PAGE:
It is estimated that there are 8 to 10 million formal small and medium-sized enterprises (SMEs) in developing countries with at least one female owner. These businesses are contributing to economic growth and poverty reduction. The plots in the figures below show a clear positive impact. They highlight the relationship between the rate of female firm ownership and the level of economic development as measured by annual growth of GDP, annual growth of GDP per capita and trade toGDP ratio, for a cross-section of 80 countries.
Figure 1. Positive correlation between rate of female firm ownership and GDP per capita growth
Source: World Bank Data
Figure 2. Positive correlation between rate of female firm ownership and GDP growth
Source: World Bank Data
Figure 3. Positive correlation between rate of female firm ownership and trade to GDP ratio
Source: World Bank Data
Women’s economic empowerment through trade is a strategic priority of ITC. ITC was the first international organisation to deliver a programme of this scope, analysing and addressing obstacles to women entrepreneurs’ participation in trade and skilling and linking them to global markets. ITC’s SheTrades initiative, launched in 2015, seeks to scale up the organisation’s efforts, setting a goal of connecting one million women to market by 2020; and has already within its first 18 months of establishment secured commitments from partners to connect over 800,000 women to market.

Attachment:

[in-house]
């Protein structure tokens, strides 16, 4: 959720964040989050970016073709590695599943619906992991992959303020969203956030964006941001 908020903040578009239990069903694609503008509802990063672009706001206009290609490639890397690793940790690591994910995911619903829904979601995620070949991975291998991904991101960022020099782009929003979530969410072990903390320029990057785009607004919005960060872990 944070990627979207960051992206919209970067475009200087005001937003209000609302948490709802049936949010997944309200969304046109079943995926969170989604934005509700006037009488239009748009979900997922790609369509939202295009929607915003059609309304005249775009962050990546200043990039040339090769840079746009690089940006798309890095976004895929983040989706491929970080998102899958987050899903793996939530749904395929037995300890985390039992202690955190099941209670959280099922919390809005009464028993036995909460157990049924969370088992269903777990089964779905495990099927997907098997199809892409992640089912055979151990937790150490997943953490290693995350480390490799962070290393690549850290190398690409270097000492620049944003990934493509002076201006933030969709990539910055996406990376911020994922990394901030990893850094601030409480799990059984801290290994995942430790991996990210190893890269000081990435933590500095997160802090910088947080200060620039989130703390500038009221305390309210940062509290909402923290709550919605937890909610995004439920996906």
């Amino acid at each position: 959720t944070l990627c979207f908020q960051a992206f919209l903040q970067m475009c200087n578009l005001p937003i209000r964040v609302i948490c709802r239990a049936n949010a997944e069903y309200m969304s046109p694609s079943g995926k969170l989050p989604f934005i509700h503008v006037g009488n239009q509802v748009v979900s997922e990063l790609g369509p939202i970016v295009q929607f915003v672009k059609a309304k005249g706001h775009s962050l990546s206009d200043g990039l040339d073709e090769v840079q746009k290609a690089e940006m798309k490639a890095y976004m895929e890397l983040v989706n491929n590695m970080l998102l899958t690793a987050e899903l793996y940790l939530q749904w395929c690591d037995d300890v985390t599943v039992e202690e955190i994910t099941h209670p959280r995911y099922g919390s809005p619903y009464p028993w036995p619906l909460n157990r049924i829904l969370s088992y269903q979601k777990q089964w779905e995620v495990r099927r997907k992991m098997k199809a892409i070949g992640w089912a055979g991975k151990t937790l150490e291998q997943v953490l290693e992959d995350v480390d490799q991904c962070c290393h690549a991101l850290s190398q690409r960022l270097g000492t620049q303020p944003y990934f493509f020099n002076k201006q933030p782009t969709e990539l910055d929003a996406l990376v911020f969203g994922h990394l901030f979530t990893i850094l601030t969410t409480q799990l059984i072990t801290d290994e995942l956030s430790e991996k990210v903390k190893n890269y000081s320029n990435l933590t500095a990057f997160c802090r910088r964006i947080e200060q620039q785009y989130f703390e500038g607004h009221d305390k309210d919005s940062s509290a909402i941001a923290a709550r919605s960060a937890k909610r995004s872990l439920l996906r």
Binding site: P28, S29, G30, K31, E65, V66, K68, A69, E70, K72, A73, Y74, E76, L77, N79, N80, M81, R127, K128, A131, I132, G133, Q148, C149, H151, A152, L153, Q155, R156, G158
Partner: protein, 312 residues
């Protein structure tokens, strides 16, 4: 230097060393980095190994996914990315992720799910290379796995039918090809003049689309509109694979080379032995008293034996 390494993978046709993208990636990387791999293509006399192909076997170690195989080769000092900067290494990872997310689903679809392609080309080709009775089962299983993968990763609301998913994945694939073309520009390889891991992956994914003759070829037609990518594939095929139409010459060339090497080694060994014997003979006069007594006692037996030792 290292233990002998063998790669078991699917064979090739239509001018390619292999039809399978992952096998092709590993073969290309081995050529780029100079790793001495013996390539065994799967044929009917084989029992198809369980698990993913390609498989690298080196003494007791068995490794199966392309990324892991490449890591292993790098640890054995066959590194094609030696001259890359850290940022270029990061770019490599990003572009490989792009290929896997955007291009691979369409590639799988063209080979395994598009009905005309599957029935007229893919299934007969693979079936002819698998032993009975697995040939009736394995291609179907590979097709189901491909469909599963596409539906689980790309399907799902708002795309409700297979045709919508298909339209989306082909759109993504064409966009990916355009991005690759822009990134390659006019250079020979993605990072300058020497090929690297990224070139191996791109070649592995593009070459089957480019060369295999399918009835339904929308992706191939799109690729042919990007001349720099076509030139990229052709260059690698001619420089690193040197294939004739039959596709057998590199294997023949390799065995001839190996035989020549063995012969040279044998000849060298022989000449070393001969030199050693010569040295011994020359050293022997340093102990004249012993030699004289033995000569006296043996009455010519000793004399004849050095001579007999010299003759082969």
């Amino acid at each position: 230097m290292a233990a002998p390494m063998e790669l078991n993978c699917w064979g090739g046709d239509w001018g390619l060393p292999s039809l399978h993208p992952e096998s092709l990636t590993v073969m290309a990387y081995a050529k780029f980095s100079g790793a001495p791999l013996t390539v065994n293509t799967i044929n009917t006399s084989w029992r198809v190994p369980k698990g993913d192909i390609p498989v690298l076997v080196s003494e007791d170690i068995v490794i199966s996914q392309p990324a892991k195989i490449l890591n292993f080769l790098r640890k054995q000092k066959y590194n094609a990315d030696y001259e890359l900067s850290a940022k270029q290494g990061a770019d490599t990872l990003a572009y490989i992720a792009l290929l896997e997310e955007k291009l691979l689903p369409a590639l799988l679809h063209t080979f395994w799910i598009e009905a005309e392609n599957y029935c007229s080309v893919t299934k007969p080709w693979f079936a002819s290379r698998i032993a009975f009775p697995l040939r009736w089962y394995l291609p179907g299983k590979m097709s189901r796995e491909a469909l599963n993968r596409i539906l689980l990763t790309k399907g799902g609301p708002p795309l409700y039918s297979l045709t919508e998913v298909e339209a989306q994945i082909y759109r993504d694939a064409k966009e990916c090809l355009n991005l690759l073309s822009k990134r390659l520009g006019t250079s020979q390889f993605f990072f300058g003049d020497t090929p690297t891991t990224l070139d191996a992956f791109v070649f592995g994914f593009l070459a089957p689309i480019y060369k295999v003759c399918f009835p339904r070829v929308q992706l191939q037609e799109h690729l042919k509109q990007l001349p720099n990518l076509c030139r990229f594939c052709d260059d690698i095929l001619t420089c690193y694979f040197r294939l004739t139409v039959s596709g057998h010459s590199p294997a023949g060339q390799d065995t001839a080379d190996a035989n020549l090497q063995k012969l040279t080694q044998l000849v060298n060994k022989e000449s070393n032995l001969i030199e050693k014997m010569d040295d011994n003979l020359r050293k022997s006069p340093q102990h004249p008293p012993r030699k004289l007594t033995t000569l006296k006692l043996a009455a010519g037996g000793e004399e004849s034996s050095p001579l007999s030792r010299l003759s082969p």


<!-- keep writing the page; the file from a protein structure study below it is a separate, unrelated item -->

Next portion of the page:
The initiative provides a blueprint of seven actions to unlocking women’s economic empowerment through trade and modalities for partners to collaborate with ITC to implement programmes and actions along the seven areas of action: collection and analysis of sex-disaggregated data on women’s economic activity; developing gender sensitive trade policies; leveraging government procurement to support women’s economic participation; working with the private sector to create economic opportunities for women, particularly with respect to markets; facilitating access to financial services and providing women with equal rights to own assets. But over and above these, we must all – men and women together – work to change social norms and stereotypes.
The SheTrades initiative is supported by a mobile and web app at www.shetrades.com where women entrepreneurs from around the world can network, find new buyers and access a range of tools and resources to become more competitive.
We must support that SheTrades because in doing so we ensure that growth is more inclusive, national economies are more competitive and the route to end extreme poverty is faster. SheTrades because it is good for all.
About the author
Arancha Gonzalez is the Executive Director of the International Trade Centre (ITC).
Photo: Launch of SheTrades initiative in Rwanda. Kigali, 22 March 2017. Credits: OGS Rwanda/Faustin Nkurunziza.
This article was published in GREAT Insights Volume 6, Issue 2 (May/June 2017).